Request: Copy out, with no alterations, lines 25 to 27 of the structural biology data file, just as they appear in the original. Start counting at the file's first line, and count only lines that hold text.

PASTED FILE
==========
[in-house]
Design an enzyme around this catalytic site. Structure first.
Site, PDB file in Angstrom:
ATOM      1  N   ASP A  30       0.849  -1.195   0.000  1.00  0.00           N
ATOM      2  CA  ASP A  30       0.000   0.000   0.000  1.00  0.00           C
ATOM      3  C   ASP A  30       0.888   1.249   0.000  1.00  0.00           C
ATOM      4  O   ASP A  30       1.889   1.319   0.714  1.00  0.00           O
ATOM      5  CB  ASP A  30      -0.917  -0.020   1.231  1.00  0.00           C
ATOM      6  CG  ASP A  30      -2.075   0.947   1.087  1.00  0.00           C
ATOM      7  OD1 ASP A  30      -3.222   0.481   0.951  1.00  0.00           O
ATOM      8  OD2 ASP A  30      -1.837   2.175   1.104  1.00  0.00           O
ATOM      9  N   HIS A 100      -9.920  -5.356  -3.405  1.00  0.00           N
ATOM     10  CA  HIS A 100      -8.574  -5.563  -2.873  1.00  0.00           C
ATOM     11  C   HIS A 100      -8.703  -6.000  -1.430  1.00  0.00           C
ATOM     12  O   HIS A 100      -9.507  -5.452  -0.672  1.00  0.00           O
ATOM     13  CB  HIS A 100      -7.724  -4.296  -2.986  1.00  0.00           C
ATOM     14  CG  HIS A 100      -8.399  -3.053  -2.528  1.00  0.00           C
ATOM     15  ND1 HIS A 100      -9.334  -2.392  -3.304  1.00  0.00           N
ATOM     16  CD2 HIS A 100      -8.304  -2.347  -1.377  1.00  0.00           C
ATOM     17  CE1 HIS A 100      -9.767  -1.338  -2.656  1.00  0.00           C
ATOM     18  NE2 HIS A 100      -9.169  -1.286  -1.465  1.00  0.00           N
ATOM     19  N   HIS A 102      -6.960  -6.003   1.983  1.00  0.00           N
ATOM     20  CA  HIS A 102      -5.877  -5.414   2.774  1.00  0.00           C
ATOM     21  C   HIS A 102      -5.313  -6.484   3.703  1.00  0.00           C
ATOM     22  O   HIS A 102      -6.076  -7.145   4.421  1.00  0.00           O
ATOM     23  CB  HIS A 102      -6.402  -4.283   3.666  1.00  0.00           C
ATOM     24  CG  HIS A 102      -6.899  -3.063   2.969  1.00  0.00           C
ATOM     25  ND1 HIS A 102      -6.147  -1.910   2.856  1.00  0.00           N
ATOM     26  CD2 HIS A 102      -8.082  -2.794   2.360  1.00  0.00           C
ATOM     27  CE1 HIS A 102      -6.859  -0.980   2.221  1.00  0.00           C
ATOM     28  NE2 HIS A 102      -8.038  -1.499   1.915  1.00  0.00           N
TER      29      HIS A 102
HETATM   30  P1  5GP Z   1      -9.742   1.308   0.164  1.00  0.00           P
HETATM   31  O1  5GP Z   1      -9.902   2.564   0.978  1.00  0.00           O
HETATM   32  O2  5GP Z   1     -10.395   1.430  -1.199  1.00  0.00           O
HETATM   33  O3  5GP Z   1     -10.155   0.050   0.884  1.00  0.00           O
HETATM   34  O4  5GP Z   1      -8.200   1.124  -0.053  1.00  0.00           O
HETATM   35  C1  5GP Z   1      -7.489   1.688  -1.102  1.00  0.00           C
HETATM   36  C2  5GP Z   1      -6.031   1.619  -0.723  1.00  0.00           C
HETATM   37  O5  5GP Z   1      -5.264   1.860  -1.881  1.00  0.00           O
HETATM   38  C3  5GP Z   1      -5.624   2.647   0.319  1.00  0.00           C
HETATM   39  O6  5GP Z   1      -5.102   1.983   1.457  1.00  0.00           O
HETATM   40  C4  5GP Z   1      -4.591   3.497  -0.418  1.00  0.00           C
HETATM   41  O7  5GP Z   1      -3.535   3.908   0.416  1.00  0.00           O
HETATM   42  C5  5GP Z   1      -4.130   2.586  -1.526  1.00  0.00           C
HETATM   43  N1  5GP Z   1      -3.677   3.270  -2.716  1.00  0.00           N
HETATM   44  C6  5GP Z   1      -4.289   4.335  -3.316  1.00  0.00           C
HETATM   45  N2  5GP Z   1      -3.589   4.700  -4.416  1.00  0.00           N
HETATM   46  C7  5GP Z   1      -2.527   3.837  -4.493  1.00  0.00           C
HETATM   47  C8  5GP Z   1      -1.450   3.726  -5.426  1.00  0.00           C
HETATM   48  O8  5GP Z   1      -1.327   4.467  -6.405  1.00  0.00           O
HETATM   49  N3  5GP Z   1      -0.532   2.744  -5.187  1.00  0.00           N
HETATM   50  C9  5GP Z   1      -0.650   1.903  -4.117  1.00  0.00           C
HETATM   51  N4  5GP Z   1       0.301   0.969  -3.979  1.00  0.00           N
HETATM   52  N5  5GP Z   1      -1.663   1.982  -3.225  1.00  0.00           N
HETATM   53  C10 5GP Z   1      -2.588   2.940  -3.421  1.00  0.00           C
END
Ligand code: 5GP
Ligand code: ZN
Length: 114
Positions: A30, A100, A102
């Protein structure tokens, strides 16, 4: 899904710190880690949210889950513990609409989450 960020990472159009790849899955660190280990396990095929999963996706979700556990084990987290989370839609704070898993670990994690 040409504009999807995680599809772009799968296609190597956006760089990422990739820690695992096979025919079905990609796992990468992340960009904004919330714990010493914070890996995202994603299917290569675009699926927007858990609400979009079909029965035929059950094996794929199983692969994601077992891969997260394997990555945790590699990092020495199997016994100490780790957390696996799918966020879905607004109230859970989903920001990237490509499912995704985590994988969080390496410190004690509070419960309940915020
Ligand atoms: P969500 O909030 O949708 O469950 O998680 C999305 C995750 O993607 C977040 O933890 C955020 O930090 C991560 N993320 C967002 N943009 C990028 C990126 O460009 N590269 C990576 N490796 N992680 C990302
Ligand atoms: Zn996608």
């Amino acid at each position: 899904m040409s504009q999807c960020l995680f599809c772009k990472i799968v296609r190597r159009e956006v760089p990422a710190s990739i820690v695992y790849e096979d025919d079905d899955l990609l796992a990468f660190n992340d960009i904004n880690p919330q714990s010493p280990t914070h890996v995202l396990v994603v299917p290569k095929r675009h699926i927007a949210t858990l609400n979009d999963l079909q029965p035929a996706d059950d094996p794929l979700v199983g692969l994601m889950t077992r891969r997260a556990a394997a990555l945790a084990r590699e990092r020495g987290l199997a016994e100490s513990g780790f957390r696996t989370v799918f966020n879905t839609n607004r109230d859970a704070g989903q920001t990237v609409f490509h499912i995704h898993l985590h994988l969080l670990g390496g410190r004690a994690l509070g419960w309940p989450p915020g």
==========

ATOM     22  O   HIS A 102      -6.076  -7.145   4.421  1.00  0.00           O
ATOM     23  CB  HIS A 102      -6.402  -4.283   3.666  1.00  0.00           C
ATOM     24  CG  HIS A 102      -6.899  -3.063   2.969  1.00  0.00           C